Chauvin trial update: Two weeks, 13 jurors seated

MGN Derek Chauvin

Many developments have occurred this week in the trial of Derek Chauvin, one of four former Minneapolis police officers charged with murdering George Floyd. Below are highlights of the past week of jury selection.

Thirteen jurors have been selected in two weeks. At least three of the jurors chosen have relatives or friends in law enforcement. 

Current jury make up

  • Five White women, four of whom are in their 50s.
  • Two African immigrants who are Black in their 30s.
  • Two White men, both younger 20s and 30s.
  • One African American man in his 40s.
  • One African American woman in her 60s.
  • One multiracial woman in her 20s. 
  • One multiracial woman in her 40s.

Stray Thoughts & Analysis

It’s important to note that the vast majority of the potential jurors and selected jurors expressed problems with the way that Floyd was treated and had at least a somewhat negative opinion about Chauvin.

Another interesting aside is that during the voir dire, neither attorney for the prosecution Steve Schleicher or Matthew Frank have asked potential jurors if they could convict a police officer if the evidence dictated a conviction.

On Friday, Judge Cahill ruled that the trial would not be delayed or moved out of town, as requested by the defense. He said he didn’t think the publicity around the trial would die down any time soon. He also didn’t think that moving the trial would make any difference. “I don’t think there’s any place in the state of Minnesota that has not been subjected to extreme amounts of publicity in this case,” the judge said.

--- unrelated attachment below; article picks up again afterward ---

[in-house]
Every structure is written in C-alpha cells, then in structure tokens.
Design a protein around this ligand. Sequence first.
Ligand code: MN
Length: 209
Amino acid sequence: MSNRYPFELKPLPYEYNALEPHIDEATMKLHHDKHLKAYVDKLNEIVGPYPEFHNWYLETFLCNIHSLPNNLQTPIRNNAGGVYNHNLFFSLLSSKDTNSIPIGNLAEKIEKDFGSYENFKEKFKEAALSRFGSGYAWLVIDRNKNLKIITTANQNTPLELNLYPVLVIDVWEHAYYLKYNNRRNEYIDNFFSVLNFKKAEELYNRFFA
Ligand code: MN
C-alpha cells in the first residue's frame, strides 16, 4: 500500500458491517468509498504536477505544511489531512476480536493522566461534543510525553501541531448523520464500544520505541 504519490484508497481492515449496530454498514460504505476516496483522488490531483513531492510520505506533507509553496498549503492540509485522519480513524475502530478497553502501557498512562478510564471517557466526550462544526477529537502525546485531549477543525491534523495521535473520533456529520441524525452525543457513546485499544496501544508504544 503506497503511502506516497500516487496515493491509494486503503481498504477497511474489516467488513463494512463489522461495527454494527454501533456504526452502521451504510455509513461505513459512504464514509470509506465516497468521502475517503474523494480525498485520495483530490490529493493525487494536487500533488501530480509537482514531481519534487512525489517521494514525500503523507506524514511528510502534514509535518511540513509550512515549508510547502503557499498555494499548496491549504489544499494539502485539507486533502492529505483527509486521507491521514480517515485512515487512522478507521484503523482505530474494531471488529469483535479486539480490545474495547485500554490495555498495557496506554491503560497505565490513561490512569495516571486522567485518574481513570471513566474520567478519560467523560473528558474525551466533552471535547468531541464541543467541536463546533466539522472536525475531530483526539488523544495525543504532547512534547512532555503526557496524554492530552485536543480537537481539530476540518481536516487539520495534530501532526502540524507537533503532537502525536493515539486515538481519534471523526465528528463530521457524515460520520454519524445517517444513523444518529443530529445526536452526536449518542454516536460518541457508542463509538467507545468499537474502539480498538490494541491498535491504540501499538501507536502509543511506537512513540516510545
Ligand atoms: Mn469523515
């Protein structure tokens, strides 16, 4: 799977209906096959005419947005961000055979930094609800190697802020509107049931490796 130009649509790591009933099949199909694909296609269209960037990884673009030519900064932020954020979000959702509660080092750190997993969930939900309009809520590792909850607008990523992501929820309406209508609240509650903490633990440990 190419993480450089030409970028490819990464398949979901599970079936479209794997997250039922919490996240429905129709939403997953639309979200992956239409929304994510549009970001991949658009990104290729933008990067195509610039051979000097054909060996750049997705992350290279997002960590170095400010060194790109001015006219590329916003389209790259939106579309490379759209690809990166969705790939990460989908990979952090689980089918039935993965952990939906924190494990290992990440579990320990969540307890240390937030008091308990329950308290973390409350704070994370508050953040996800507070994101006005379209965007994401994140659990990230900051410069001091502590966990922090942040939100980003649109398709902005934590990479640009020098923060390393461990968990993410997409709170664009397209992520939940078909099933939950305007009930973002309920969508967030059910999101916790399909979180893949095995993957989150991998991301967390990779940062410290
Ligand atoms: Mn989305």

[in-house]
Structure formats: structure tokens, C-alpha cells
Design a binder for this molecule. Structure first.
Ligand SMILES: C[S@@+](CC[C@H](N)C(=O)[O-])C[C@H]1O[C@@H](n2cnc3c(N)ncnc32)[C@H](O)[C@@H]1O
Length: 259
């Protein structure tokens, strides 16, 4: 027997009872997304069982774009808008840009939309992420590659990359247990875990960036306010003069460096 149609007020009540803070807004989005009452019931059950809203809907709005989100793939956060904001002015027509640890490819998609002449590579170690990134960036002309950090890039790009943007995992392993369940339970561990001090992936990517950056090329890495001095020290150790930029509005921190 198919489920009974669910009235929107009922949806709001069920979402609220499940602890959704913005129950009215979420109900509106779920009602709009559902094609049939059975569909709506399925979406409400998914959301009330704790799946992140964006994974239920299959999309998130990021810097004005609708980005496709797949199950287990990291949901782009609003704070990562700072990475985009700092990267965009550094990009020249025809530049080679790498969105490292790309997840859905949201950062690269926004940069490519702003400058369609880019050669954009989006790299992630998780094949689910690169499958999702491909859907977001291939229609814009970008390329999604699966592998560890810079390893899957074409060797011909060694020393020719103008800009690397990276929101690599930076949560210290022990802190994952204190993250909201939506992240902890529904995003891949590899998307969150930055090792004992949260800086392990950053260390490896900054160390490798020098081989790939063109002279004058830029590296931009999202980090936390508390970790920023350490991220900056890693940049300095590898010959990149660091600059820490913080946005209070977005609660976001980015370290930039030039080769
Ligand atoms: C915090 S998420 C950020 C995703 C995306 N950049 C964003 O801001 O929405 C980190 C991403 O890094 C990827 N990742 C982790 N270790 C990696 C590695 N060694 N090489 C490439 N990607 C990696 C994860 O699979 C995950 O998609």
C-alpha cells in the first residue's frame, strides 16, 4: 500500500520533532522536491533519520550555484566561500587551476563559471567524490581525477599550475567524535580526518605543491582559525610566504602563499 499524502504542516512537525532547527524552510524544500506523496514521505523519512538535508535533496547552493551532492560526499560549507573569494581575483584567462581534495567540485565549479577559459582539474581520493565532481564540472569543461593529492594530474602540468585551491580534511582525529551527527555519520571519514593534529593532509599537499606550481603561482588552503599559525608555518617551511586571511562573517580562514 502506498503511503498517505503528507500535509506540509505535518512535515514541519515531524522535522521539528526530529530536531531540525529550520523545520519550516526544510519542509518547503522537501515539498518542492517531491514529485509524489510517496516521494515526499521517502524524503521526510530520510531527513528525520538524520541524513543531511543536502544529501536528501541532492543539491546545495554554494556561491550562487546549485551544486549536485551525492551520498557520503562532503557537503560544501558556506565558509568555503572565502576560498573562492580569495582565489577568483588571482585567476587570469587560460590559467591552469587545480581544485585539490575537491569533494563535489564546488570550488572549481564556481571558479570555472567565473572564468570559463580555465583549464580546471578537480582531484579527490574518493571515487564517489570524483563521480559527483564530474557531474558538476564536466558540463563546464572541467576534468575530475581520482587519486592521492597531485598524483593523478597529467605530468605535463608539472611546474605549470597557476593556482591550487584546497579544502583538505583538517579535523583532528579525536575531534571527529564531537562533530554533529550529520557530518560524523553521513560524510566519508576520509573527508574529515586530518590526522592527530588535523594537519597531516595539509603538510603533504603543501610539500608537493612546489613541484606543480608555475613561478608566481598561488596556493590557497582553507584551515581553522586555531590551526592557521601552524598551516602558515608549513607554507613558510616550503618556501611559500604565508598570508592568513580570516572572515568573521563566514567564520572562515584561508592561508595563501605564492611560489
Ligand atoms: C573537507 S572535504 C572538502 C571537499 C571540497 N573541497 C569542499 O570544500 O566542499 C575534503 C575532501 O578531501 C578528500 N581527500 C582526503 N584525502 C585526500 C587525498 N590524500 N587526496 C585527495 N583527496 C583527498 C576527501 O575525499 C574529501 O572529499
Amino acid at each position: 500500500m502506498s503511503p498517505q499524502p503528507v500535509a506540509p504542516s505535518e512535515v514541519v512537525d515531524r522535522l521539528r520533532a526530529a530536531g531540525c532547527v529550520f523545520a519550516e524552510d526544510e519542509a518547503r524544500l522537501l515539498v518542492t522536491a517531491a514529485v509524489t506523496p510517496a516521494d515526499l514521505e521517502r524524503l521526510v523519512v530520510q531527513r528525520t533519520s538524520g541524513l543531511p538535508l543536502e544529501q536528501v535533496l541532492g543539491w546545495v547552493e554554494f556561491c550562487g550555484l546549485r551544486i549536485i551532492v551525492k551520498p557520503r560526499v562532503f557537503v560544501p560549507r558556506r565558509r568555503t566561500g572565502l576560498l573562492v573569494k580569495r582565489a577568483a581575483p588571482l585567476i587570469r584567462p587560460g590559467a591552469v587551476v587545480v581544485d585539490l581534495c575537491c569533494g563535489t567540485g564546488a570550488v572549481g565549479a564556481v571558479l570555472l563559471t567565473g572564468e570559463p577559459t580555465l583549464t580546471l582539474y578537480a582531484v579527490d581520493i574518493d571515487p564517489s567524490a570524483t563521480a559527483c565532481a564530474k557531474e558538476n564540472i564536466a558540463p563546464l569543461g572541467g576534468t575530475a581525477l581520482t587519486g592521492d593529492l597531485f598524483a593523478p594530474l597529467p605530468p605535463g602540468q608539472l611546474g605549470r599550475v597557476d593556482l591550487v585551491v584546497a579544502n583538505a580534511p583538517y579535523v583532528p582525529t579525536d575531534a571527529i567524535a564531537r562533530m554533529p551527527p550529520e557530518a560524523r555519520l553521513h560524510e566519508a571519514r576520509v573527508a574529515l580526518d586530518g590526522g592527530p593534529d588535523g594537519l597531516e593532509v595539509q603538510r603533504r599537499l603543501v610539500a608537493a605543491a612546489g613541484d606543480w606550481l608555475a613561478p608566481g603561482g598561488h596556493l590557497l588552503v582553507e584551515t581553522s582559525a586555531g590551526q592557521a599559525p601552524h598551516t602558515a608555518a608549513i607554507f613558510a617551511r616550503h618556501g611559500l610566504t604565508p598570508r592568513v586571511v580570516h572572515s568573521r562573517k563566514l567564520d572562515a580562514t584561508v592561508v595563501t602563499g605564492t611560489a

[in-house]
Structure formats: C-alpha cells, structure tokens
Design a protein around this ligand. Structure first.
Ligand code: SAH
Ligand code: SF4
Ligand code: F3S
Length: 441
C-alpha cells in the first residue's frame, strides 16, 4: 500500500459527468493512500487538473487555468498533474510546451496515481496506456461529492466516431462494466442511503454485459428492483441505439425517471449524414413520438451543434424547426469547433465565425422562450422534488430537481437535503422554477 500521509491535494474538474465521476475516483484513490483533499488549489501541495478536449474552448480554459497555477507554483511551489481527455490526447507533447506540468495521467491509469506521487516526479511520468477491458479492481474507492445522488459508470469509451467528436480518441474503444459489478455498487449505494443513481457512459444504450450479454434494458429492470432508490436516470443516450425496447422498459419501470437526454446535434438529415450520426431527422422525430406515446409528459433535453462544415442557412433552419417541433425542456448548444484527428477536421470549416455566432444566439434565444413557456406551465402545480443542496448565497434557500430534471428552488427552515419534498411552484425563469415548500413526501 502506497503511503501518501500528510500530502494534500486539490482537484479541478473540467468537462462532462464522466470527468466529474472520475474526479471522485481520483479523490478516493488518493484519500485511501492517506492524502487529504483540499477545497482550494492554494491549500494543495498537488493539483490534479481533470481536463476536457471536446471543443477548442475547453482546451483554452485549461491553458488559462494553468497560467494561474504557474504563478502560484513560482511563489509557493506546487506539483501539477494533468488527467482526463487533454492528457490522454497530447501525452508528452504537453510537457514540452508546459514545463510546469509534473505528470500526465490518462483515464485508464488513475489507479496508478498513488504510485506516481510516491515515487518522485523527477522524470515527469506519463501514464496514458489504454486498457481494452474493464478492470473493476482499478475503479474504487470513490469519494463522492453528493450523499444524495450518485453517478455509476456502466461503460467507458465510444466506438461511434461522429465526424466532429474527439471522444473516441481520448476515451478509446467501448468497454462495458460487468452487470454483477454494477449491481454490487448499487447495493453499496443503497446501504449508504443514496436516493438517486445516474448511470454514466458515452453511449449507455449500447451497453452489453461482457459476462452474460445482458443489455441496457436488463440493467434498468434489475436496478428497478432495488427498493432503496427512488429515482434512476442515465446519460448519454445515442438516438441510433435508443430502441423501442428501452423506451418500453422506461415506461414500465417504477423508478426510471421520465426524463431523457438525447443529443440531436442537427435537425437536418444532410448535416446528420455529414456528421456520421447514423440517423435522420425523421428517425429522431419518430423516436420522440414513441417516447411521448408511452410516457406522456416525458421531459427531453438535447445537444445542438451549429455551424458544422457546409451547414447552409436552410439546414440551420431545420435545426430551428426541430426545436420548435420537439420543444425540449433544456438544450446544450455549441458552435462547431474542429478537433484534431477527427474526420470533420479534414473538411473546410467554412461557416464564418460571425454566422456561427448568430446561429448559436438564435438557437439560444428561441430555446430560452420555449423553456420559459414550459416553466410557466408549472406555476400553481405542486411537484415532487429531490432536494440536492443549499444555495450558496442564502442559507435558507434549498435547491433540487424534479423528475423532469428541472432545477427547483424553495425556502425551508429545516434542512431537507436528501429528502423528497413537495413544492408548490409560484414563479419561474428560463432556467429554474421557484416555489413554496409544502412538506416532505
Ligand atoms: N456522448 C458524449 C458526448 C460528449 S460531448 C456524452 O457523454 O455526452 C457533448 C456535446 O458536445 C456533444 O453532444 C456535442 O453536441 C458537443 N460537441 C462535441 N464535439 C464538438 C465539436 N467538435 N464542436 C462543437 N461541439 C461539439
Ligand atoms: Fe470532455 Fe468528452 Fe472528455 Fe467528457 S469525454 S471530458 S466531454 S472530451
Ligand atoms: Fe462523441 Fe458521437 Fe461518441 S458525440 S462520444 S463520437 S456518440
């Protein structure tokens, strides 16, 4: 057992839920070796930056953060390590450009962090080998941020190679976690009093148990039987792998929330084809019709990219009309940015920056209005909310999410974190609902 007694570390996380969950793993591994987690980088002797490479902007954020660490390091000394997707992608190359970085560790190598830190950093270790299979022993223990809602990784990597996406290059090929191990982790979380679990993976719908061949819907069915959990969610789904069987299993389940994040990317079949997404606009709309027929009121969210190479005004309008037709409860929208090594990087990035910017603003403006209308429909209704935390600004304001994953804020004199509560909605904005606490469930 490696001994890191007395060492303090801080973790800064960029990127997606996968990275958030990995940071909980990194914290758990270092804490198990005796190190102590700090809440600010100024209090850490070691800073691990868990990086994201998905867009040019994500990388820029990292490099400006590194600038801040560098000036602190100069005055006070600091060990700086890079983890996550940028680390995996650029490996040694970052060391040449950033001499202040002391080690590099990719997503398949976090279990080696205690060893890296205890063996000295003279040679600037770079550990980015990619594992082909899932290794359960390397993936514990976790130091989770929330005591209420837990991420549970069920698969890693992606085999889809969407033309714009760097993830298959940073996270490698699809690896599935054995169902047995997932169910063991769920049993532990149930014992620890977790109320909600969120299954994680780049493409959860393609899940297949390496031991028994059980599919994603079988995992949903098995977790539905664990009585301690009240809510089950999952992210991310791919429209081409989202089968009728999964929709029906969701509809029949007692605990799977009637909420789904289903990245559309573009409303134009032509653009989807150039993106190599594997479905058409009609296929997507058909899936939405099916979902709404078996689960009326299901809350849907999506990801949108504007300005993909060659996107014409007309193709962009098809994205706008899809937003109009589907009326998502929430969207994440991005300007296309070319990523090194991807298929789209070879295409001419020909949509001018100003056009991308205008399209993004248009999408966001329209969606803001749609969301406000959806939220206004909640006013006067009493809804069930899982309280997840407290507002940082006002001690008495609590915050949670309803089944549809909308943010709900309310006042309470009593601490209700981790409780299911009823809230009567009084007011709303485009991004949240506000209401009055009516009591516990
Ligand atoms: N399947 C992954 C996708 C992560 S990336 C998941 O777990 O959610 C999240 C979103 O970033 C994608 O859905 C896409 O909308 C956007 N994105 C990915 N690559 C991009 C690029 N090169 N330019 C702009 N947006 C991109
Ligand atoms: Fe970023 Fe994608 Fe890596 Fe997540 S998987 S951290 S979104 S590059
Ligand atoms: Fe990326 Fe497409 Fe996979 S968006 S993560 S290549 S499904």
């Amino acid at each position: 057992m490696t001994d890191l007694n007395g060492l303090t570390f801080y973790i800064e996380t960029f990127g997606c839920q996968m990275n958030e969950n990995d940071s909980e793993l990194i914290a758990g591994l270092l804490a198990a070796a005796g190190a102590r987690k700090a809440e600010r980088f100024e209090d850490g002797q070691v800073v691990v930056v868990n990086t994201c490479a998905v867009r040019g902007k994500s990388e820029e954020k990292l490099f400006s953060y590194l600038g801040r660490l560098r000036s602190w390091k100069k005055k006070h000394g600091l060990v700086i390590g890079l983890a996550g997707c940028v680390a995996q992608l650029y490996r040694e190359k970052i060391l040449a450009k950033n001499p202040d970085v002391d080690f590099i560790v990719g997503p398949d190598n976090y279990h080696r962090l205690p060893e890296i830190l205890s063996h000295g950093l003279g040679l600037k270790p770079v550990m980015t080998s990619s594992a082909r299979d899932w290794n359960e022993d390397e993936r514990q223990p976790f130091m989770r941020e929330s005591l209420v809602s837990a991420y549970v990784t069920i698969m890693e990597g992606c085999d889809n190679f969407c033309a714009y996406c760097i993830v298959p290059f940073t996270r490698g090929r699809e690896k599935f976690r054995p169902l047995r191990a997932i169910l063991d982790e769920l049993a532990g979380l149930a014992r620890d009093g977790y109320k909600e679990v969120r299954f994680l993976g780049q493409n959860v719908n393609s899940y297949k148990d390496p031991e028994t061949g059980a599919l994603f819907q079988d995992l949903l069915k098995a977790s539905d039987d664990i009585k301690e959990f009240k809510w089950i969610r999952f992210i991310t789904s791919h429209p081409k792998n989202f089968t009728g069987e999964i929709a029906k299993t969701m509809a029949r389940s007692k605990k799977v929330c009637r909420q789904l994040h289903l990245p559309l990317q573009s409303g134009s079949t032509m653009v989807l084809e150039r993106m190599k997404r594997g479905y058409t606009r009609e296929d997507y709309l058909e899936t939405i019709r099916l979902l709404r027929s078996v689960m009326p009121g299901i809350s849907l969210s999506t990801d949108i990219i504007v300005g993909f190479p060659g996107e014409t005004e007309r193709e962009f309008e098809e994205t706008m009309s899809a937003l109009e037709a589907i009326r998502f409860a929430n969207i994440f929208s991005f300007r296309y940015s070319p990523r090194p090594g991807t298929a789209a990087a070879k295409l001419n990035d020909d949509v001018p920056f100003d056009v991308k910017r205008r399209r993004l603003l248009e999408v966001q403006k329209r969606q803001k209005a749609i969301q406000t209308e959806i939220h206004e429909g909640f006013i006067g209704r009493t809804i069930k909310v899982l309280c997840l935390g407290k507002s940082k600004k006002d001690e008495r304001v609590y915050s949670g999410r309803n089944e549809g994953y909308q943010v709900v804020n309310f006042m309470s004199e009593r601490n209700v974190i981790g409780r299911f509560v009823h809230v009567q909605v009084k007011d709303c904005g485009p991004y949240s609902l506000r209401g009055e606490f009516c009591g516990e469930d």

Judge Cahill will allow the defense to use some of a videotape of Floyd’s 2019 arrest. Cahill said it shows evidence of Floyd’s medical condition that is similar to his 2020 arrest.  Cahill said of the tape, “We have medical evidence of what happens when Floyd is faced with virtually the same situation.”

From a lay person’s perspective, it is not clear what one arrest has to do with the other, considering the 2020 arrest resulted in Floyd’s death—unless, of course, the defense is going to argue that Floyd killed himself.

Judge Cahill denied the prosecution a medical expert witness who could describe what Floyd was going through as Chauvin applied pressure to his neck.

Perhaps the biggest controversy of the week was the exclusion of Juror#76, who may have been a victim of White people’s doubtfulness about Black people, especially Blacks from the hood.

Of note was the fact that the prosecution did not fight for his exclusion, and did not use a Batson challenge even though it appeared appropriate as it was clear he was excluded primarily because he shared his lived experience as a Black man encountering the police in his neighborhood.

It’s not clear why he was not believed when he said he could be fair and impartial when jurors with friends and or relatives in law enforcement were believed when they said they could be fair and impartial.

Former Hennepin County Public Defender Mary Moriarty wrote about the dismissal of Juror #76 in her latest MSR Legal Insights column. She questioned his exclusion asking, “Why is somebody that knows nothing about the MPD (Minneapolis Police Department) or discrimination a fairer juror than someone who lives it?’

It appears that the judge wants to seat 15 jurors, meaning 12 seated and three alternates, which will be made clear next week. Opening statements are set to start as scheduled on March 29.